We chat happily to fellow guildmen. I am in awe of so many of these leaders. They are our mentors and share values with one another. We then follow one of our old Masters, he’s retired, over six foot and wear a bowler hat and crisp suit. We head to the aptly named Mercers Restaurant. There are two dozen of us in total and we have a large table in our name. Through the evening we don’t stop talking. In moments I catch myself, thinking about how each of these people have instigated global change in their time, from forming the financial systems in place today, to pioneering legislation, political movements. But at the end of the day, we are simply here to support one another, to have one anothers backs.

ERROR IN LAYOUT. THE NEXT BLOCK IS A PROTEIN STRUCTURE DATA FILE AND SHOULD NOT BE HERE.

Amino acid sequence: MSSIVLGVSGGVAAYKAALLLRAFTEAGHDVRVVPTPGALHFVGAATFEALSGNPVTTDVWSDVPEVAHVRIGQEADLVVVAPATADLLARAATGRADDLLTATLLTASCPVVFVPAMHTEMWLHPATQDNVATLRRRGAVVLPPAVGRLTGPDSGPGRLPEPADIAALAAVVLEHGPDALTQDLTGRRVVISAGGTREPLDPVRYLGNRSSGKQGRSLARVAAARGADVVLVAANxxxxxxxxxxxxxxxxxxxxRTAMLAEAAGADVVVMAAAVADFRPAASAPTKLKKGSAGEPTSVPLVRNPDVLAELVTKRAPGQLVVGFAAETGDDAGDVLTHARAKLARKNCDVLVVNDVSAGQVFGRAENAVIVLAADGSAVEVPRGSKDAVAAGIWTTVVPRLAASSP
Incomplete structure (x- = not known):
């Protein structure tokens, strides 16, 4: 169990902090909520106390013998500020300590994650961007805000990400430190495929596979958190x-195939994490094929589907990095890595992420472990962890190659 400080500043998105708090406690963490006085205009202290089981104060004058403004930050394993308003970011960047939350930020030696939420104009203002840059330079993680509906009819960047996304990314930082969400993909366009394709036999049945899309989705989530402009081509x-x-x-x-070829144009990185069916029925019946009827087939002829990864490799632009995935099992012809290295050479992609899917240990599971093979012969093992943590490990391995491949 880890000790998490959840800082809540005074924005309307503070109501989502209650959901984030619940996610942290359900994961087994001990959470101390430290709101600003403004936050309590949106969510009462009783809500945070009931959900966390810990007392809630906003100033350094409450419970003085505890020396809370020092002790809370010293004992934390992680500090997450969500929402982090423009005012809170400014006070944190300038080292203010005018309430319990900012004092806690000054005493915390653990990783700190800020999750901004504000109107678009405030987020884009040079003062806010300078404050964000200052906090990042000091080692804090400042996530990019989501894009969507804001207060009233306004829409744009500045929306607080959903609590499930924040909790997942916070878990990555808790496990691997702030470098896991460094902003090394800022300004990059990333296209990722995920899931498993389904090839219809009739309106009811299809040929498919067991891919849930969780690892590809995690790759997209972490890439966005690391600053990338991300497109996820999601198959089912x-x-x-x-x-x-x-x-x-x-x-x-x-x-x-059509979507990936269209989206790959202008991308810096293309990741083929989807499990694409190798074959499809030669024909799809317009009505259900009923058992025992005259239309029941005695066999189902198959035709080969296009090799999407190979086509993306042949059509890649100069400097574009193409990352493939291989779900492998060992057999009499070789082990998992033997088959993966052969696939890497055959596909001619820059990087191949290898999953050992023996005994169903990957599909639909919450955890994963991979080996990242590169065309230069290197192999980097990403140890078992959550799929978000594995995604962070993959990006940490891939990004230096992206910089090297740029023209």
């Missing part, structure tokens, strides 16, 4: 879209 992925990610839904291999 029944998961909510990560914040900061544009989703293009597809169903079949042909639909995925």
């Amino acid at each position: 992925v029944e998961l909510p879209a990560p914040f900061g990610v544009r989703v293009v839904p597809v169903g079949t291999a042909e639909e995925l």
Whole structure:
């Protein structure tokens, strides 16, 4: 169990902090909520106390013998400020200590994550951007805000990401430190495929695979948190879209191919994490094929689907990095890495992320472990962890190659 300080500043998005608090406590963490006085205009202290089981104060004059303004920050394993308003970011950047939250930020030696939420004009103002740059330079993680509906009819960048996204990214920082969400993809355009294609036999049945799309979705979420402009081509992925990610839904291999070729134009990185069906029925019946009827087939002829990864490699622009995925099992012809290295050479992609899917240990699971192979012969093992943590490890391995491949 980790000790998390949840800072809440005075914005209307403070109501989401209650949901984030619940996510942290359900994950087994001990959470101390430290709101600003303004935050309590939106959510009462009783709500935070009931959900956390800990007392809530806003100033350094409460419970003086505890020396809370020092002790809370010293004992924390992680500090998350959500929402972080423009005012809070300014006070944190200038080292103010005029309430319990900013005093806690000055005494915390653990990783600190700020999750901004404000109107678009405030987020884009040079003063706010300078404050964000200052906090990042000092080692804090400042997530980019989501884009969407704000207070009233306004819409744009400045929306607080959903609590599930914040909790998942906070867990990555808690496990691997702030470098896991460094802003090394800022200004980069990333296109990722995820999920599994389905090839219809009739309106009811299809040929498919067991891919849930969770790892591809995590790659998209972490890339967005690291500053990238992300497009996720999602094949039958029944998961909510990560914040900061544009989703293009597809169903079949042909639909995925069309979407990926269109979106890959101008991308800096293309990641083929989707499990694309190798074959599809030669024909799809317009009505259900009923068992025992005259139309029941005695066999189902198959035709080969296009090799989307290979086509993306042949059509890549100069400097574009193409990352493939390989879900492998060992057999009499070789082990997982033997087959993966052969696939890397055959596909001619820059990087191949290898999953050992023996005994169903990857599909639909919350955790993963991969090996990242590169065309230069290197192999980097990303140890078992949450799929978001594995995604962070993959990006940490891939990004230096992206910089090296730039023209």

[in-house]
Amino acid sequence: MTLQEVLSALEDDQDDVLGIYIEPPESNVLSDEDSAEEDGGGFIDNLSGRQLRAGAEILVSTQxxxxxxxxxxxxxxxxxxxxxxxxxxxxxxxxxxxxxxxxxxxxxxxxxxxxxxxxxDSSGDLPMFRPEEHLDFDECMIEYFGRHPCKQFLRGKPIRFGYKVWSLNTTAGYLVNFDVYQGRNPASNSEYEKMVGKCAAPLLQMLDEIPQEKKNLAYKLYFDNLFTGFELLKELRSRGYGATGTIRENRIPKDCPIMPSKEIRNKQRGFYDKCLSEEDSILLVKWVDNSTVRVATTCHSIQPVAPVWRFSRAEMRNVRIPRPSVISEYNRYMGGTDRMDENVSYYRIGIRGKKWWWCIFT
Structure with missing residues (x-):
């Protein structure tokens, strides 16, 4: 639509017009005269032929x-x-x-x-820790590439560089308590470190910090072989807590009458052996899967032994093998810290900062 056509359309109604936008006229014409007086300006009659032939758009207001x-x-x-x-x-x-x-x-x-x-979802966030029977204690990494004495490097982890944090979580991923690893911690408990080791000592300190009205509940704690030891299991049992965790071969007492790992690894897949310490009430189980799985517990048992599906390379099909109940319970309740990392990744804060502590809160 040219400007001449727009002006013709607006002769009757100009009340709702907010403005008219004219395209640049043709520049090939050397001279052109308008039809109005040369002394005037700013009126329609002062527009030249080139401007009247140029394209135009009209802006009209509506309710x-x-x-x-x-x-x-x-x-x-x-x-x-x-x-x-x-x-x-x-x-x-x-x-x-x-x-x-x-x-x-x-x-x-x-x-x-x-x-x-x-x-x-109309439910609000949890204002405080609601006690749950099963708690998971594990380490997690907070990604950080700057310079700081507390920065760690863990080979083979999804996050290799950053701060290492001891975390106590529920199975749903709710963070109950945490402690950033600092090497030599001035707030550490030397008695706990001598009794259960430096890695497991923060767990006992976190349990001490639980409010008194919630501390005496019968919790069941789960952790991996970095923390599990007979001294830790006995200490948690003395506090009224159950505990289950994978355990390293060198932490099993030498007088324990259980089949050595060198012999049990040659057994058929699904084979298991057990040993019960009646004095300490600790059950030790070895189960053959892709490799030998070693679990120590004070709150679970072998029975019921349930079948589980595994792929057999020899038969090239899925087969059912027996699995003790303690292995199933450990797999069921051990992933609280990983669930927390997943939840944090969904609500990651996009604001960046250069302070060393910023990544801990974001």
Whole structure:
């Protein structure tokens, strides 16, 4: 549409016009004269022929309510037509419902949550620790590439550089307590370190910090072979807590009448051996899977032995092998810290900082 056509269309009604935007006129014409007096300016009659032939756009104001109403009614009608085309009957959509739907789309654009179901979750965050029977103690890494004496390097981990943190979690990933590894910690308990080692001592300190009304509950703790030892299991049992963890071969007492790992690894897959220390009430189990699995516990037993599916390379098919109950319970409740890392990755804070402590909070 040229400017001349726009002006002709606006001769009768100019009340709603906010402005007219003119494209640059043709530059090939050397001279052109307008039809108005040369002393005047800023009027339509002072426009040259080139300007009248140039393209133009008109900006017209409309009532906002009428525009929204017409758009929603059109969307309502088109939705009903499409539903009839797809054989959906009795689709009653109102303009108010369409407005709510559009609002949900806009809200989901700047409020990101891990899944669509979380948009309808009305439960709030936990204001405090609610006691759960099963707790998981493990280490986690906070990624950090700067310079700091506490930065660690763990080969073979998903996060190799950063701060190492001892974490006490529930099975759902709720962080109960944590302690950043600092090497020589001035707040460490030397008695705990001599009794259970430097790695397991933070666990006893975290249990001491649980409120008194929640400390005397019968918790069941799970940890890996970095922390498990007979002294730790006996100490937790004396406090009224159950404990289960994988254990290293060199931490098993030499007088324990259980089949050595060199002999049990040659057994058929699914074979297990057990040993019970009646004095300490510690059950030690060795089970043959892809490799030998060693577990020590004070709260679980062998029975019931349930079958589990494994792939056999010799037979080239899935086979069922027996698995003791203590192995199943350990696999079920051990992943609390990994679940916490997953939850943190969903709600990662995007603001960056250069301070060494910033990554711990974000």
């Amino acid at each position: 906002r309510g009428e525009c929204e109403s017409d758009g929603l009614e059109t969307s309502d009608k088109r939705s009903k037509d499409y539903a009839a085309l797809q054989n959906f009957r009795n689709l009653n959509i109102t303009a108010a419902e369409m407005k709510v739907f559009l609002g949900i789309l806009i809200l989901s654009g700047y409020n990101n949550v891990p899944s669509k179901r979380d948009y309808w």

We leave abruptly to make the next train home. Through the evening I don’t indulge in glasses of delicious Sancerre, or Pinot Noir, instead I’m on sparkling water to drive us home. It’s after midnight before we arrive home. The pups are elated to see Cici. Then, in an exhausted haze, we try on bridesmaid dresses for a pending family wedding. It’s the early hours before we fall asleep.

Patricia SnookComment
Gong Soundbath

Flying across the earth to a range of serene blue mountains, I found myself grounded all of a sudden.

I was tied up, bound to the earth with so many thin ties, string. It was like the hanged man card of the tarot deck. I could simply reach up and save myself, yet at the same time, I couldn’t. I felt the gravity of the earth, the pull of the ground, the weight baring down.